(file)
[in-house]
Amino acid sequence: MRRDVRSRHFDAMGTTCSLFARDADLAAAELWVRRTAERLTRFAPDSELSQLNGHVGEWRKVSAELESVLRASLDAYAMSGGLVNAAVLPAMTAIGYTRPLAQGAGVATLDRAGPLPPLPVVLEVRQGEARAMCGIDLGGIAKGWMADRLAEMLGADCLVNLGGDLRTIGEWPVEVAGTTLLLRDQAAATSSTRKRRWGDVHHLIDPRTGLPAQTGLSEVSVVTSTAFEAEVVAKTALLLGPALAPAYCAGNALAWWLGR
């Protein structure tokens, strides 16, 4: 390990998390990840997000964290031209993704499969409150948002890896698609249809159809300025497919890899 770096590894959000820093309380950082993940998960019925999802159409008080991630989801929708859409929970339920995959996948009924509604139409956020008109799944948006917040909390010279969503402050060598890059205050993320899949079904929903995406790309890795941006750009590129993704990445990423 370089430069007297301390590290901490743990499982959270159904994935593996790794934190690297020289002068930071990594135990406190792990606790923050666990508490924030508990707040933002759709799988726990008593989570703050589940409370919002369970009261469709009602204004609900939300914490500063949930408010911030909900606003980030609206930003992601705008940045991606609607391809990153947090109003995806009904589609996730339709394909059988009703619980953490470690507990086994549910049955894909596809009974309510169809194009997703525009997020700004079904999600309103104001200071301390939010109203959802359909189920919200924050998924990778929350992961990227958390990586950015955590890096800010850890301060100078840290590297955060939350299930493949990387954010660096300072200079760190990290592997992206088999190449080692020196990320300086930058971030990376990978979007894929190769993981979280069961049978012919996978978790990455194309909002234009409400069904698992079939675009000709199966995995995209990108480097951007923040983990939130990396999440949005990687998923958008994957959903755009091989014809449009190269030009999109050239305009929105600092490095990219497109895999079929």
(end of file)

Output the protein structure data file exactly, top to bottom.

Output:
[in-house]
Amino acid sequence: MRRDVRSRHFDAMGTTCSLFARDADLAAAELWVRRTAERLTRFAPDSELSQLNGHVGEWRKVSAELESVLRASLDAYAMSGGLVNAAVLPAMTAIGYTRPLAQGAGVATLDRAGPLPPLPVVLEVRQGEARAMCGIDLGGIAKGWMADRLAEMLGADCLVNLGGDLRTIGEWPVEVAGTTLLLRDQAAATSSTRKRRWGDVHHLIDPRTGLPAQTGLSEVSVVTSTAFEAEVVAKTALLLGPALAPAYCAGNALAWWLGR
């Protein structure tokens, strides 16, 4: 390990998390990840997000964290031209993704499969409150948002890896698609249809159809300025497919890899 770096590894959000820093309380950082993940998960019925999802159409008080991630989801929708859409929970339920995959996948009924509604139409956020008109799944948006917040909390010279969503402050060598890059205050993320899949079904929903995406790309890795941006750009590129993704990445990423 370089430069007297301390590290901490743990499982959270159904994935593996790794934190690297020289002068930071990594135990406190792990606790923050666990508490924030508990707040933002759709799988726990008593989570703050589940409370919002369970009261469709009602204004609900939300914490500063949930408010911030909900606003980030609206930003992601705008940045991606609607391809990153947090109003995806009904589609996730339709394909059988009703619980953490470690507990086994549910049955894909596809009974309510169809194009997703525009997020700004079904999600309103104001200071301390939010109203959802359909189920919200924050998924990778929350992961990227958390990586950015955590890096800010850890301060100078840290590297955060939350299930493949990387954010660096300072200079760190990290592997992206088999190449080692020196990320300086930058971030990376990978979007894929190769993981979280069961049978012919996978978790990455194309909002234009409400069904698992079939675009000709199966995995995209990108480097951007923040983990939130990396999440949005990687998923958008994957959903755009091989014809449009190269030009999109050239305009929105600092490095990219497109895999079929």